Study design and participants

This study was designed as a case control and was conducted among adults who were referred to Resalat Hospital Bone Densitometry Center in Tehran, Iran, during the period August 2016 to June 2018. Subjects were classified into two groups based on their T2DM status: T2DM patients and controls. Of a total of 1129 individuals who had attended for the LS and hip BMD scan at the department, 11 had incomplete data, and of the remaining, 150 patients had T2DM (case group). From the remaining 968 individuals, 484 non-diabetic individuals were selected by a simple randomization method (control group).

Data collection and measurements

Data collection and measurements were assessed equivalently in the case and control groups. The patient’s electronic medical records were reviewed to collect demographic information, including age, sex, weight, height, medical history, values of femoral neck BMD and LS-BMD, as well as LS-TBS. Demographic data regarding height and weight were collected by qualified personnel working at the department. Body mass index (BMI) was calculated as weight (kg) divided by [height (m)]2. DXA scans were obtained using a DXA Hologic device (Hologic Delphi A; Hologic, Bedford, MA, USA) for standard measurements of LS at the level of L1-L4 and femoral neck BMD. BMD was expressed in g/cm2. TBS evaluation for LS (L1-L4) was performed at the time of the BMD measurement by reanalyzing DXA images using TBS iNsight software (version 2.2; Medimaps, Geneva, Switzerland). Participants were considered to have T2DM based on their medical history shared by the department’s physician. Records without complete data were excluded, and, finally, 634 subjects entered the study, and a database was generated using SPSS version 20.0. Subjects were classified into two groups based on their T2DM status (T2DM patients and controls).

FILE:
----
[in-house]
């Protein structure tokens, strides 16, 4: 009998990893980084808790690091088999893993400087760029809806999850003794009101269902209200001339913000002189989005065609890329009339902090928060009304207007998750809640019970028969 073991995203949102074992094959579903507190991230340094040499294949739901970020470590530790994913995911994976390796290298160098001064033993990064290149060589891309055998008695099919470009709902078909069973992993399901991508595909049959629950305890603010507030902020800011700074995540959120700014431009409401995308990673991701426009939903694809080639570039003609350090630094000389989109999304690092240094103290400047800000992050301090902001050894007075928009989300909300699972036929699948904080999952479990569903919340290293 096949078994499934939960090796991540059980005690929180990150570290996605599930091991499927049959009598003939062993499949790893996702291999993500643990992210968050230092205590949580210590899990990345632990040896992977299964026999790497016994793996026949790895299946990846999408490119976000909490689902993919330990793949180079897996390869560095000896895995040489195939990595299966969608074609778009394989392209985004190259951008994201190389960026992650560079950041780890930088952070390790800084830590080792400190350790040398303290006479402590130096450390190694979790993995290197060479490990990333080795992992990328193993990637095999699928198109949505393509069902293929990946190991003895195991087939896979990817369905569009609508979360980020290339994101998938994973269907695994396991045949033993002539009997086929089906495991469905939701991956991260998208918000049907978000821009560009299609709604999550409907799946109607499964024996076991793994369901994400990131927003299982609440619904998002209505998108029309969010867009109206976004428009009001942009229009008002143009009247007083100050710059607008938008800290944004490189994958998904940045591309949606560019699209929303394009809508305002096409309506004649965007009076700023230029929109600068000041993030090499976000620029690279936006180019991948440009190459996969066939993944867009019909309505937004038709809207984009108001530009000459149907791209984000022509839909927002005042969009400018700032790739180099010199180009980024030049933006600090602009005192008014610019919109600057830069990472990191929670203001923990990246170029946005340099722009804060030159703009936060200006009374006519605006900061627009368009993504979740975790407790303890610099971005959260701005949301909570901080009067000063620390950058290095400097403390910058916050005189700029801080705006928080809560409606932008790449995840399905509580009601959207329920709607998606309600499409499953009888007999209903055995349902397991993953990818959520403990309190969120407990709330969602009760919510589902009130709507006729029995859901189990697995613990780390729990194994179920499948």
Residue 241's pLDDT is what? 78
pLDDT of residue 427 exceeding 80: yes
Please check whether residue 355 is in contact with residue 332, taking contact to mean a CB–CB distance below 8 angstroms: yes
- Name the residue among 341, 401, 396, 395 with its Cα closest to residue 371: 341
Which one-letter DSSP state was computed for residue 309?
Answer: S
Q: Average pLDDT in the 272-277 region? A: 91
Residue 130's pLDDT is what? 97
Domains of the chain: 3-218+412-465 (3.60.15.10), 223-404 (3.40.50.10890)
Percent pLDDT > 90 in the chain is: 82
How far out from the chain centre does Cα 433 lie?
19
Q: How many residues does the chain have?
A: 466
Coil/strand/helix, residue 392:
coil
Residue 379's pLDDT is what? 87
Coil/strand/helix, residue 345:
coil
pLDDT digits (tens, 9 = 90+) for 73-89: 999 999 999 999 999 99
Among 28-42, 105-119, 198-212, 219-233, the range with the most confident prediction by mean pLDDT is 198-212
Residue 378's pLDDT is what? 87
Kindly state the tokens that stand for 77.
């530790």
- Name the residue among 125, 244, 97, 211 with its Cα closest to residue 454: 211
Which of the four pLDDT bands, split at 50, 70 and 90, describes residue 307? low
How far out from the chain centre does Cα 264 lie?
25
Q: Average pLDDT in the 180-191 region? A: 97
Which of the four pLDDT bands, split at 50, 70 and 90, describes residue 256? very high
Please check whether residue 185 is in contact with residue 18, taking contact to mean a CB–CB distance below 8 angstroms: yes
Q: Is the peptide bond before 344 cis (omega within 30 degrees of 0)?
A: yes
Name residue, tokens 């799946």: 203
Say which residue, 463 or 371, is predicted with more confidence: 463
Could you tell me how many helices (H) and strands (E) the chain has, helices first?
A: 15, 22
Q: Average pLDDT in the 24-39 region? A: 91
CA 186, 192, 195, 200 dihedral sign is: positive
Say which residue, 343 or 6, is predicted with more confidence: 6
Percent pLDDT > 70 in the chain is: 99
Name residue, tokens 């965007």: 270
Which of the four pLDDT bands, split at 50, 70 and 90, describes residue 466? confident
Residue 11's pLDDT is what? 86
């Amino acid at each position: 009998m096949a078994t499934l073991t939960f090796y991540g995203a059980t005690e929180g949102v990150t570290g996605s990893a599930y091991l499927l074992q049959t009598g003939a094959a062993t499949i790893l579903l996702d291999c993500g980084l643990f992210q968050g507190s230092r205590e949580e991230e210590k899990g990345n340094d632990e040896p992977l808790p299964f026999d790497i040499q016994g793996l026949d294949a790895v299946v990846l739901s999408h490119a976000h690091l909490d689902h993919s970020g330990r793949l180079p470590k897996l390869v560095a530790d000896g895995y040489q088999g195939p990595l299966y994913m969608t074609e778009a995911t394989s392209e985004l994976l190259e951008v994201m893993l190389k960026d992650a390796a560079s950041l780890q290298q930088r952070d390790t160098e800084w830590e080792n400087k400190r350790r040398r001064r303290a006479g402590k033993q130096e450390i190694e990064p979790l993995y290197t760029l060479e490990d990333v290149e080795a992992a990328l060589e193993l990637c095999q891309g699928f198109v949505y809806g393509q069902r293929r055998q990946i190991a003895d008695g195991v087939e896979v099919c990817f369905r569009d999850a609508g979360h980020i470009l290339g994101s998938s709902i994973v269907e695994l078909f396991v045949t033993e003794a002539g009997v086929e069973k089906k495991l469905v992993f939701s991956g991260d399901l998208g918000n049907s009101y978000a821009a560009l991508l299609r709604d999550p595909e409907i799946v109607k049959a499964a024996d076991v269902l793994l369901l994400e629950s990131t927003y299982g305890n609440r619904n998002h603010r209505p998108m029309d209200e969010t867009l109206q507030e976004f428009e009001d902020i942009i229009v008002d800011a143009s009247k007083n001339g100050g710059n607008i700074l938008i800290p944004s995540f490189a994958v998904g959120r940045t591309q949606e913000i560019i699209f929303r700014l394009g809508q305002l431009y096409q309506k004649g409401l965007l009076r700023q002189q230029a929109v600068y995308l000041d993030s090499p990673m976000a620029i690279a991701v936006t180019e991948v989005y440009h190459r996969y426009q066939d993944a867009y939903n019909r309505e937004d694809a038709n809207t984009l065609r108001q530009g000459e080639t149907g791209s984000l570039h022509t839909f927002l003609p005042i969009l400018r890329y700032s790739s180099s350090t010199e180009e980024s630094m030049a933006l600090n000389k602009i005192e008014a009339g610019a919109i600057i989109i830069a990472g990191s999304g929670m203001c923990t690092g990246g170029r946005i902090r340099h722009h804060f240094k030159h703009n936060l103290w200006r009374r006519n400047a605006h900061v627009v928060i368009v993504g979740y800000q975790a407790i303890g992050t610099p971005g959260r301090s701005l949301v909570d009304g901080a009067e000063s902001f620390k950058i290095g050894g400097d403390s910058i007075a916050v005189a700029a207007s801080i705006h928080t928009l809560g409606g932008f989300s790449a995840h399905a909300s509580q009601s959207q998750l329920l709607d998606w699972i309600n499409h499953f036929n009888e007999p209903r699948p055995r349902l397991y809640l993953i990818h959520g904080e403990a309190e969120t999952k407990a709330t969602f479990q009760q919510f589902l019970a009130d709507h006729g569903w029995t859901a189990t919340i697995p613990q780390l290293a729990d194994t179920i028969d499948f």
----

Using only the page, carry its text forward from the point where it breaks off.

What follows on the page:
Statistical analysis